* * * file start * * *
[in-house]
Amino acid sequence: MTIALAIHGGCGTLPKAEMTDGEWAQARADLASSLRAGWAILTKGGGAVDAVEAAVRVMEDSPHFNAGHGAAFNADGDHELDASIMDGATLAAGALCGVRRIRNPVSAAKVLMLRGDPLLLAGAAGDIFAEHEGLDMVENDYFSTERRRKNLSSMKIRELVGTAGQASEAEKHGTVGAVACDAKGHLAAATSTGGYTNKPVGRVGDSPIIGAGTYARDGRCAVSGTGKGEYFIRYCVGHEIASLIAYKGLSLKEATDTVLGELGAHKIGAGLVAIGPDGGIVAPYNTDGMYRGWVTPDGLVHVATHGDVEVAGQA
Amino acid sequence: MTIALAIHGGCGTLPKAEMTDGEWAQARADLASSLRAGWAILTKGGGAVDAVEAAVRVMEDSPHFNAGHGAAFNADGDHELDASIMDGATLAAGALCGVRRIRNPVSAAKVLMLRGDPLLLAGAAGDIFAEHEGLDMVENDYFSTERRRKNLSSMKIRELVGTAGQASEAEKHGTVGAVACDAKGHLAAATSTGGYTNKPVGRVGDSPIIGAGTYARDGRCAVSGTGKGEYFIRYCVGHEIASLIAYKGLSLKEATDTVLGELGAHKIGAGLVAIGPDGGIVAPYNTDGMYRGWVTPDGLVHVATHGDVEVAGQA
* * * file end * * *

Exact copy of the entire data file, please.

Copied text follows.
[in-house]
Amino acid sequence: MTIALAIHGGCGTLPKAEMTDGEWAQARADLASSLRAGWAILTKGGGAVDAVEAAVRVMEDSPHFNAGHGAAFNADGDHELDASIMDGATLAAGALCGVRRIRNPVSAAKVLMLRGDPLLLAGAAGDIFAEHEGLDMVENDYFSTERRRKNLSSMKIRELVGTAGQASEAEKHGTVGAVACDAKGHLAAATSTGGYTNKPVGRVGDSPIIGAGTYARDGRCAVSGTGKGEYFIRYCVGHEIASLIAYKGLSLKEATDTVLGELGAHKIGAGLVAIGPDGGIVAPYNTDGMYRGWVTPDGLVHVATHGDVEVAGQA
Amino acid sequence: MTIALAIHGGCGTLPKAEMTDGEWAQARADLASSLRAGWAILTKGGGAVDAVEAAVRVMEDSPHFNAGHGAAFNADGDHELDASIMDGATLAAGALCGVRRIRNPVSAAKVLMLRGDPLLLAGAAGDIFAEHEGLDMVENDYFSTERRRKNLSSMKIRELVGTAGQASEAEKHGTVGAVACDAKGHLAAATSTGGYTNKPVGRVGDSPIIGAGTYARDGRCAVSGTGKGEYFIRYCVGHEIASLIAYKGLSLKEATDTVLGELGAHKIGAGLVAIGPDGGIVAPYNTDGMYRGWVTPDGLVHVATHGDVEVAGQA